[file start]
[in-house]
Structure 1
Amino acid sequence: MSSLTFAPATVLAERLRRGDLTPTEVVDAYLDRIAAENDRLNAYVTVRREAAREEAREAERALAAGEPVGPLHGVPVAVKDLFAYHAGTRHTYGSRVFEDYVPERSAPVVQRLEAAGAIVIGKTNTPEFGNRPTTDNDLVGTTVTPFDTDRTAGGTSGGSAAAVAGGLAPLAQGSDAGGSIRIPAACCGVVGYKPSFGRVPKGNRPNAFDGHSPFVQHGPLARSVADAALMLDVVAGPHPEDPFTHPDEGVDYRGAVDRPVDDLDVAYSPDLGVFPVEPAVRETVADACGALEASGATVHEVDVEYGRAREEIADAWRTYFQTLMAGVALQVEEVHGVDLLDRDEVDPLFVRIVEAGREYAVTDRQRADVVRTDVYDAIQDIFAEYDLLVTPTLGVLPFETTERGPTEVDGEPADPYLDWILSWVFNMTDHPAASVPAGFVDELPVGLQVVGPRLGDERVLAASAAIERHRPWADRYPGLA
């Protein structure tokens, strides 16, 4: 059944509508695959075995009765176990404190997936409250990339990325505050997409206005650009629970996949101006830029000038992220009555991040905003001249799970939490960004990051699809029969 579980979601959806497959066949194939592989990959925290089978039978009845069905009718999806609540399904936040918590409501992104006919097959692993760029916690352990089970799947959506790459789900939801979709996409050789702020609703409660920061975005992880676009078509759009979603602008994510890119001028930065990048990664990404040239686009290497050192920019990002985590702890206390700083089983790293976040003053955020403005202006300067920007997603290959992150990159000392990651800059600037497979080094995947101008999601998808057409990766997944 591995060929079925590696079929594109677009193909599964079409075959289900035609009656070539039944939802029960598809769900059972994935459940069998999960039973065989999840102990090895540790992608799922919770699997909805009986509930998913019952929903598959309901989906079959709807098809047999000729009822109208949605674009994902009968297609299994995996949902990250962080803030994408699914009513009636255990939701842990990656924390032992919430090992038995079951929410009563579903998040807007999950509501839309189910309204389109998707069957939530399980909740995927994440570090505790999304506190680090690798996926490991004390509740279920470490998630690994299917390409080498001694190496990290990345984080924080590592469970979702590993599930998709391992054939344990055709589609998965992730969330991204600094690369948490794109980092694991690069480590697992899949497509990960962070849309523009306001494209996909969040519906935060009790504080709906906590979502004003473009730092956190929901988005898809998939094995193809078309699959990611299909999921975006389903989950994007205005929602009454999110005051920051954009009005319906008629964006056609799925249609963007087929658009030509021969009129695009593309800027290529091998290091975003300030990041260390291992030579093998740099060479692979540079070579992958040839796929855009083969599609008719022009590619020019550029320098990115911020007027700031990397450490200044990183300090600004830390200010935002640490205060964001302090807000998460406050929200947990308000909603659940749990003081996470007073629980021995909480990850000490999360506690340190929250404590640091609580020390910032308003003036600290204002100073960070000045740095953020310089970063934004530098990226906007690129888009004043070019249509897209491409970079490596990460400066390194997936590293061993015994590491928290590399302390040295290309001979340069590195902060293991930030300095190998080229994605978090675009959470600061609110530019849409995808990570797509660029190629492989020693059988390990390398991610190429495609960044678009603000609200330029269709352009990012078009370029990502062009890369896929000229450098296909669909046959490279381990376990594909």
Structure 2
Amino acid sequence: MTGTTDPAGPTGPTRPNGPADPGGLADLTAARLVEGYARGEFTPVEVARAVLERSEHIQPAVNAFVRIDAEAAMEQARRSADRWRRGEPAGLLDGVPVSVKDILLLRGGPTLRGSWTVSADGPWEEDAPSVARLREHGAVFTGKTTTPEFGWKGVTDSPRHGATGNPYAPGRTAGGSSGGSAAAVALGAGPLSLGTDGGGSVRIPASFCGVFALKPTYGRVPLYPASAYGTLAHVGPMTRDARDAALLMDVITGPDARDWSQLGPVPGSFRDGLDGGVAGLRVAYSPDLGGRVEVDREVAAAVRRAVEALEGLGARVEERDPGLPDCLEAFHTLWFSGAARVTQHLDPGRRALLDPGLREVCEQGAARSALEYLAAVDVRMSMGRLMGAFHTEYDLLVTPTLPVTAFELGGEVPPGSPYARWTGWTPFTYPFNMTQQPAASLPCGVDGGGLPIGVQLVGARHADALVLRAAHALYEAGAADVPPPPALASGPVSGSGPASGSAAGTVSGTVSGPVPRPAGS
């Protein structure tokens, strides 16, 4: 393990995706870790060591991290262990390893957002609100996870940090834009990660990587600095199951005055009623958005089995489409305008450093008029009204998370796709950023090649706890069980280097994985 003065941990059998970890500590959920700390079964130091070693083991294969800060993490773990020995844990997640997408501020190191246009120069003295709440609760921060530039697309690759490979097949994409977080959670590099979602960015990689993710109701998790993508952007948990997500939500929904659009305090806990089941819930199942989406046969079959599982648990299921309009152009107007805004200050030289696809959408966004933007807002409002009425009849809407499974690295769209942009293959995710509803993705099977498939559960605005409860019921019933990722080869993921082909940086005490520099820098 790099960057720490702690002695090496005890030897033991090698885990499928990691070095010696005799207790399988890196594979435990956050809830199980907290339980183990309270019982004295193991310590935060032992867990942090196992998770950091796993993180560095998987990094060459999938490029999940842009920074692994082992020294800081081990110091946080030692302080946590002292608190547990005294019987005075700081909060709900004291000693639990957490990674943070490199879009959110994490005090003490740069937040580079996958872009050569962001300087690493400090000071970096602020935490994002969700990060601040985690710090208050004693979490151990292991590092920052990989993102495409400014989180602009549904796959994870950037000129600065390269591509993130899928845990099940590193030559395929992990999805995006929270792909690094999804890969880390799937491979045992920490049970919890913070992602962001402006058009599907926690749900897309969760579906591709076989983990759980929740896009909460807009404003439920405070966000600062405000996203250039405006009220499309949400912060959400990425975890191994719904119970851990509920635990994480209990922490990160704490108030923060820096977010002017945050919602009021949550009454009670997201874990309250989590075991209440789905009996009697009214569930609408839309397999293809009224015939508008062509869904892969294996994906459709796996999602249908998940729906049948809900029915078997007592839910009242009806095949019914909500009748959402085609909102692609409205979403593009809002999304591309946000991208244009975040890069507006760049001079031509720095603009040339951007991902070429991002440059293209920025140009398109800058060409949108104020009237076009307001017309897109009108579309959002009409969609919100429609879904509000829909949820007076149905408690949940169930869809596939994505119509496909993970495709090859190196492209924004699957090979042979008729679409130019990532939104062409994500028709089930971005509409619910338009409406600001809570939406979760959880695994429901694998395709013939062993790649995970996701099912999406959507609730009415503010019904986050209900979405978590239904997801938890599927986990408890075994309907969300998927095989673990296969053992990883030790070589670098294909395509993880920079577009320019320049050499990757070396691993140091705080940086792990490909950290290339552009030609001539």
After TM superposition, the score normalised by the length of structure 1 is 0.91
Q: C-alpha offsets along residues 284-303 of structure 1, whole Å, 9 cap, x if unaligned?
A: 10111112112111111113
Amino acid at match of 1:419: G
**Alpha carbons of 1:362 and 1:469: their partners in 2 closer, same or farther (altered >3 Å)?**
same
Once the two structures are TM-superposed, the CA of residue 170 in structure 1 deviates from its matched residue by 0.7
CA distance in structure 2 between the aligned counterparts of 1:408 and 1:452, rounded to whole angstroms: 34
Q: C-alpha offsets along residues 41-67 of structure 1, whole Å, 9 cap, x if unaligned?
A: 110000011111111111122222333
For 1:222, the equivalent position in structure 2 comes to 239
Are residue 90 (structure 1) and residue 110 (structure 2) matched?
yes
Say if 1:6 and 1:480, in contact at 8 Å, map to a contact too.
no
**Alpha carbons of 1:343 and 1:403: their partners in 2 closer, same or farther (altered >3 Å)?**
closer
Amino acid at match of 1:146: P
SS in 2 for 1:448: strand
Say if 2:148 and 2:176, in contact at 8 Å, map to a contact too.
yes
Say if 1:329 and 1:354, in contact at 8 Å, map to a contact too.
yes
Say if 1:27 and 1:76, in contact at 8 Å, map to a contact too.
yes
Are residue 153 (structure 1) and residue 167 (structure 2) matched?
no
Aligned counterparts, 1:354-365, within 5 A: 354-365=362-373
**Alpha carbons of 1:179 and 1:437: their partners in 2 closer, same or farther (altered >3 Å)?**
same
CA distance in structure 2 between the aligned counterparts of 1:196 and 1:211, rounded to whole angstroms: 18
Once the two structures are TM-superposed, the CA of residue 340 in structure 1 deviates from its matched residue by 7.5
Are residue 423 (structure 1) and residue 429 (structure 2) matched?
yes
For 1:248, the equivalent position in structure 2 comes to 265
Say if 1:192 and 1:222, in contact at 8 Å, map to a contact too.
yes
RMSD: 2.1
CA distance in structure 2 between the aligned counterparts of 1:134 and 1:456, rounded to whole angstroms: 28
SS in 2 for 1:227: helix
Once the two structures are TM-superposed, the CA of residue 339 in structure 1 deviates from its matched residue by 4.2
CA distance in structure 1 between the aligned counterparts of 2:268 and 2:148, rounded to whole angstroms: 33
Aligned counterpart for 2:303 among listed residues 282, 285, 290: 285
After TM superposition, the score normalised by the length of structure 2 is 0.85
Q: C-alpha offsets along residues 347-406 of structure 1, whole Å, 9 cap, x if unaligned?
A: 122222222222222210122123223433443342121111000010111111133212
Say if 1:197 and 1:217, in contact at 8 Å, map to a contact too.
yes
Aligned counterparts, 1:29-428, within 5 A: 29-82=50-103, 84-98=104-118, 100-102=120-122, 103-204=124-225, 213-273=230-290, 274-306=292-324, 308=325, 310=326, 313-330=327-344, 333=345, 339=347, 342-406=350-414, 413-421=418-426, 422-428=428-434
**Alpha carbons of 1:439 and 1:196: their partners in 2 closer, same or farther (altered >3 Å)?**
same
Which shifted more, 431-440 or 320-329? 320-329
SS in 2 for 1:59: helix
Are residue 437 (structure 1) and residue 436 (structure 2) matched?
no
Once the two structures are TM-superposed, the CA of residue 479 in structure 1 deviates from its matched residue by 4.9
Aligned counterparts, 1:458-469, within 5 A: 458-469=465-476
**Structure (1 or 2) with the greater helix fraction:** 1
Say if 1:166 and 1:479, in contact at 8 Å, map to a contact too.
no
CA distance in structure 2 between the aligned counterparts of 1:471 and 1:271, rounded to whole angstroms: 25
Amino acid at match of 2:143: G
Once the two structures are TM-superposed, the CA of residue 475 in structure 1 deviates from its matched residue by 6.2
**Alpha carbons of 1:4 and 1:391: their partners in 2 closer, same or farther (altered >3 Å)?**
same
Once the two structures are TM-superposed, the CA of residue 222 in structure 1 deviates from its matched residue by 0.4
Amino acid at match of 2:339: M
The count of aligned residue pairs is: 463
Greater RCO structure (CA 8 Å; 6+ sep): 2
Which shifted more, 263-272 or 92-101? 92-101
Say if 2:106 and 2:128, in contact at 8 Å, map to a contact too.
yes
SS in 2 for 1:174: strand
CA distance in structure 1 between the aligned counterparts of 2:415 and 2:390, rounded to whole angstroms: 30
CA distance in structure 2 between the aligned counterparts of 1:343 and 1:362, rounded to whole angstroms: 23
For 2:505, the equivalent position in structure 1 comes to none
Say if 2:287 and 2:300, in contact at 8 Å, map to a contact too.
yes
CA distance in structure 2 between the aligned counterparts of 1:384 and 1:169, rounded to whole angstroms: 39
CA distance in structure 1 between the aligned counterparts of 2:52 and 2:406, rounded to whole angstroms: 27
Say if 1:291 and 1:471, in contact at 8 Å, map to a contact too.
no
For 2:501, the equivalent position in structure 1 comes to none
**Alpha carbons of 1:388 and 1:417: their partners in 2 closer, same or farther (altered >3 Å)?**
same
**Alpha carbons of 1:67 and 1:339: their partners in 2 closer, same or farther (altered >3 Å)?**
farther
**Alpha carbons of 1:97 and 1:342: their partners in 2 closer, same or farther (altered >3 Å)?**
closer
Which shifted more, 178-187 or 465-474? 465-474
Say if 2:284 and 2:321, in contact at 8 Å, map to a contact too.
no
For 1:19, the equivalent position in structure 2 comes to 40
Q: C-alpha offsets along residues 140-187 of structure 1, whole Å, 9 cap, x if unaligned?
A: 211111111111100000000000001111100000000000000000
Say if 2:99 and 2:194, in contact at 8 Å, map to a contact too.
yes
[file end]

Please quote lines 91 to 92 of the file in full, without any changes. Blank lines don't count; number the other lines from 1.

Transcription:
**Alpha carbons of 1:388 and 1:417: their partners in 2 closer, same or farther (altered >3 Å)?**
same